After last weekend’s brush with frost (it was in the air, covering car windows and hoods, but didn’t settle to the ground, so tomatoes and basil have continued to prosper. Lucky me, since the week has been glorious, with loads of sunshine and temperatures hovering around 20 Celsius. Here then are six things in my garden still enjoying this early part of autumn, starting with the aforementioned basil. It’s a columnar variety, with small leaves that aren’t quite as aromatic or flavourful as other varieties. Still, it’s quite architectural in the herb garden, and makes a nice addition to pasta sauce.
Some more appropriate, autumnal things next, I think. First, the obligatory fall foliage – this from a Staghorn Sumac – Rhus typhina. Although The County is chock full of red and sugar maples with orange and bright red leaves this time of year, the leaves on my maple trees mainly turn yellow, then brown, then they fall off. I rely on the Sumac that rings the property to give me my dose of October Scarlet.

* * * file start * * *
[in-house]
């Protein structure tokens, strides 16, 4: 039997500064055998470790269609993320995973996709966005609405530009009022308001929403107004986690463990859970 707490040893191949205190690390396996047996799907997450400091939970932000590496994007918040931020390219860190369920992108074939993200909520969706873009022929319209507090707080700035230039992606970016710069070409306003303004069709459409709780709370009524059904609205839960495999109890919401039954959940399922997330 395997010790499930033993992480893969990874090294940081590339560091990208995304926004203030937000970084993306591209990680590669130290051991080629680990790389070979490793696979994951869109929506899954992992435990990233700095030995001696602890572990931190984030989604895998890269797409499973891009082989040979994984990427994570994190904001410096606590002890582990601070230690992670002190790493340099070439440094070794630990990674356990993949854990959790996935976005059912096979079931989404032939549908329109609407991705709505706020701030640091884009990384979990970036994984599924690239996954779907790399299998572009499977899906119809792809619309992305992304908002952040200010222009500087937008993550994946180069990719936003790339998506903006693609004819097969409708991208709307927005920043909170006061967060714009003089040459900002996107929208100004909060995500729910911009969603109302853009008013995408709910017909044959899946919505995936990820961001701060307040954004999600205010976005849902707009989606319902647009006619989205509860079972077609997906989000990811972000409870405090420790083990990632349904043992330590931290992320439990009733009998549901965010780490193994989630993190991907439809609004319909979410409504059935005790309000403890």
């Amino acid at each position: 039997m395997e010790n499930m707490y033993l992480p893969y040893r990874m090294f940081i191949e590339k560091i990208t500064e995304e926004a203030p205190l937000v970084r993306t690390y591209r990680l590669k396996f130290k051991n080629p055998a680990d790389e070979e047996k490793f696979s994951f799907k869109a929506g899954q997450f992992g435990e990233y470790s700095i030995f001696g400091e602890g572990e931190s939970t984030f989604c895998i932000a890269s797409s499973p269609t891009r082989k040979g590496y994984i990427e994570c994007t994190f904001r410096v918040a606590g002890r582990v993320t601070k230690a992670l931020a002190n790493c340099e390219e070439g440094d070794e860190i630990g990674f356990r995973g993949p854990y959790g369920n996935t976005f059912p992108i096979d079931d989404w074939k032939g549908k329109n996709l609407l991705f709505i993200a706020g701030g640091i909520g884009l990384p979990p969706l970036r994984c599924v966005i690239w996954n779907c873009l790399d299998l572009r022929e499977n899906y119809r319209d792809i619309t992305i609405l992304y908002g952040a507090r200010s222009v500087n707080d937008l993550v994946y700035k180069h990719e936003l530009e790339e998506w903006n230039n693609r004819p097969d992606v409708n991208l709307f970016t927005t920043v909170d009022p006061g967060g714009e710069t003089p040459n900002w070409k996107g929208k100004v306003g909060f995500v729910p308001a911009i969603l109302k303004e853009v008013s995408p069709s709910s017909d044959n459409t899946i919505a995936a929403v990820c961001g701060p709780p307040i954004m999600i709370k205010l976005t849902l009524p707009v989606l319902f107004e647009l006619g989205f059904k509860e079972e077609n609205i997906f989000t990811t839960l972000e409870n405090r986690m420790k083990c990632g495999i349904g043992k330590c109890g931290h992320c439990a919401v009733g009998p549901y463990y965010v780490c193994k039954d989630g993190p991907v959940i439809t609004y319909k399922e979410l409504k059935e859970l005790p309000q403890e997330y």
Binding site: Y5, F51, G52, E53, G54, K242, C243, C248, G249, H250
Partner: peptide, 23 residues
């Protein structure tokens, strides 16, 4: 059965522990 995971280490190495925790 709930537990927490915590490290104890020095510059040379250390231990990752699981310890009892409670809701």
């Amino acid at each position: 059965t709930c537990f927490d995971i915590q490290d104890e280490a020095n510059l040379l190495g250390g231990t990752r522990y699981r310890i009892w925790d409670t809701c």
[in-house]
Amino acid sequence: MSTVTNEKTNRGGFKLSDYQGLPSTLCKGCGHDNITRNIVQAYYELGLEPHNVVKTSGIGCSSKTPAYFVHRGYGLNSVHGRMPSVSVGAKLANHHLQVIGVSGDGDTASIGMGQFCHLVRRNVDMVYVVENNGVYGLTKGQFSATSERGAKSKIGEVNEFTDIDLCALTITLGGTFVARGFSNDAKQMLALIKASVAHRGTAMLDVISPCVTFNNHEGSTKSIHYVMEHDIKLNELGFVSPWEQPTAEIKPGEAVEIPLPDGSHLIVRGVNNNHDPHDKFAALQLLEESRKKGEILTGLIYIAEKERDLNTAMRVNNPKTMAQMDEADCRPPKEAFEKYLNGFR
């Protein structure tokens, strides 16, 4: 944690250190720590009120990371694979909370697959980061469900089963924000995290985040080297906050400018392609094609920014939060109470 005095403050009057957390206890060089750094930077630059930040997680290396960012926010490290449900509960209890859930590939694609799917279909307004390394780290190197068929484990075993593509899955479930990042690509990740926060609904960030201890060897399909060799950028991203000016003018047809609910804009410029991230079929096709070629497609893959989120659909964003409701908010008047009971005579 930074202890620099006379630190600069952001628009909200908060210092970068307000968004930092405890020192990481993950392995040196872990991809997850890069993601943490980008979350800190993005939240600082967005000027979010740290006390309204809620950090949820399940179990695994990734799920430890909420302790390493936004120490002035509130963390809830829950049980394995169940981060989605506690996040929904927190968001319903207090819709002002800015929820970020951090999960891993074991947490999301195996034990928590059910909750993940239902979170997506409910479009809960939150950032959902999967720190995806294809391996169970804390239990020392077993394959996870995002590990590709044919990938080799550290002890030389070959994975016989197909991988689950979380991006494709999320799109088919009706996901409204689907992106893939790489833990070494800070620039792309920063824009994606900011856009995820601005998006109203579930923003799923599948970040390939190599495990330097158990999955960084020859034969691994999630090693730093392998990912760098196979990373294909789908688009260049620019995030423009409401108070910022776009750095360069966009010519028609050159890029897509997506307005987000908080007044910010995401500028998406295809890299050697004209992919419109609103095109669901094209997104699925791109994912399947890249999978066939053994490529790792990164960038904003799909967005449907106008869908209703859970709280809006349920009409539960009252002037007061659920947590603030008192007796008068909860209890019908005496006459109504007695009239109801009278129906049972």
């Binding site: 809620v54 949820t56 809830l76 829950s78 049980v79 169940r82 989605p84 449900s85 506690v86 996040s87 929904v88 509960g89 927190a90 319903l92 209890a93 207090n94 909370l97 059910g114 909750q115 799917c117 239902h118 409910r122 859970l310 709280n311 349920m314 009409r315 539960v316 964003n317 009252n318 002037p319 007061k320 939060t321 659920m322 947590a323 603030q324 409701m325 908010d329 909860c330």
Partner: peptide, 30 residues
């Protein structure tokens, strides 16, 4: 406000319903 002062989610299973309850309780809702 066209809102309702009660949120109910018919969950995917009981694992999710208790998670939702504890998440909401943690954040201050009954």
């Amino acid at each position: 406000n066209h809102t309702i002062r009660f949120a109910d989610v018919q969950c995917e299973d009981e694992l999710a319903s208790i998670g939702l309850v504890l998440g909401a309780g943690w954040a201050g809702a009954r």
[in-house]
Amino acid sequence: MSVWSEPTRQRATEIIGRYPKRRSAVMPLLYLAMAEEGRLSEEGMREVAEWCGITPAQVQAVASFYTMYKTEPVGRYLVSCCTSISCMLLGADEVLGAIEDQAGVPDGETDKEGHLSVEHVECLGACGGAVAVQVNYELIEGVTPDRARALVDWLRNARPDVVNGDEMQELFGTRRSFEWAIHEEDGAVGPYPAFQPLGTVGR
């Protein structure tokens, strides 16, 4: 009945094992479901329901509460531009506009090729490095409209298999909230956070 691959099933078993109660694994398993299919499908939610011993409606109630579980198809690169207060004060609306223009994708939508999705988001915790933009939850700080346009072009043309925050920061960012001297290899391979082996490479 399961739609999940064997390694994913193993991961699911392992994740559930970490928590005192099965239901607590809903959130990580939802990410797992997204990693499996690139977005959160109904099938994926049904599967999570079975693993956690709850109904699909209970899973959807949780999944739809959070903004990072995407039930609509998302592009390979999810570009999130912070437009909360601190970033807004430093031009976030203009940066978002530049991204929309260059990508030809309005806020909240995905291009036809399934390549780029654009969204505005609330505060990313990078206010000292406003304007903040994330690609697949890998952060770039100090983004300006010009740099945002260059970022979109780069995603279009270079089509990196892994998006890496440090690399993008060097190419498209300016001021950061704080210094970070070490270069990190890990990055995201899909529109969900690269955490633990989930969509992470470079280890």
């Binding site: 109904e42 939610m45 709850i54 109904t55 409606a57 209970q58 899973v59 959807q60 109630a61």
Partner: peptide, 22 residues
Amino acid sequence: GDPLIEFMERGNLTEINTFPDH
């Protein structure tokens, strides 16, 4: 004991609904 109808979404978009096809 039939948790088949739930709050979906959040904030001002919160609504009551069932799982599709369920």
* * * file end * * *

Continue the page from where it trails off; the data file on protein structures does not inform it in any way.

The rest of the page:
I’ve harvested my winter squash. That translates into carting the dead vines to the compost heap while lining up the half dozen or so fruits as I decide what to do with them. I wrote about my conundrum before, here, and how I grew different colour and sized squash all from the seed of one spaghetti squash. For now, they just sit at the side of the kitchen garden…
Last week I featured some gorgeous mums in pots. The white and yellow ones have started to fade already (well, I’ve had them for a month so that’s not so bad, really…) but even as the flowers wither they display a beauty, especially if, as with this white variety, a titch of dusky pink starts to come through…
I’ve shown one or two photos of Ratibida pinnata this year. The Prairie coneflower, aka Grey Head coneflower, self seeds freely and clumps of it bloom from July until…well, here are some from a clump still in bloom! I really love how the petals curve and spiral down – reminds me of being on a circus ride.
Finally, I can’t have an October Six without at least one Colchicum shot. This was taken mid morning earlier in the week.
Although several parts of Canada have already had snow (in general earlier than normal), the two week forecast for my part of the country is more seasonal – a mix of rain and sun, temperatures in the mid teens with no snow or even frost. Famous last words, I know, but warm(ish) weather means pleasant bulb planting next week. To see loads more Sixes this week, visit The Propagator‘s site.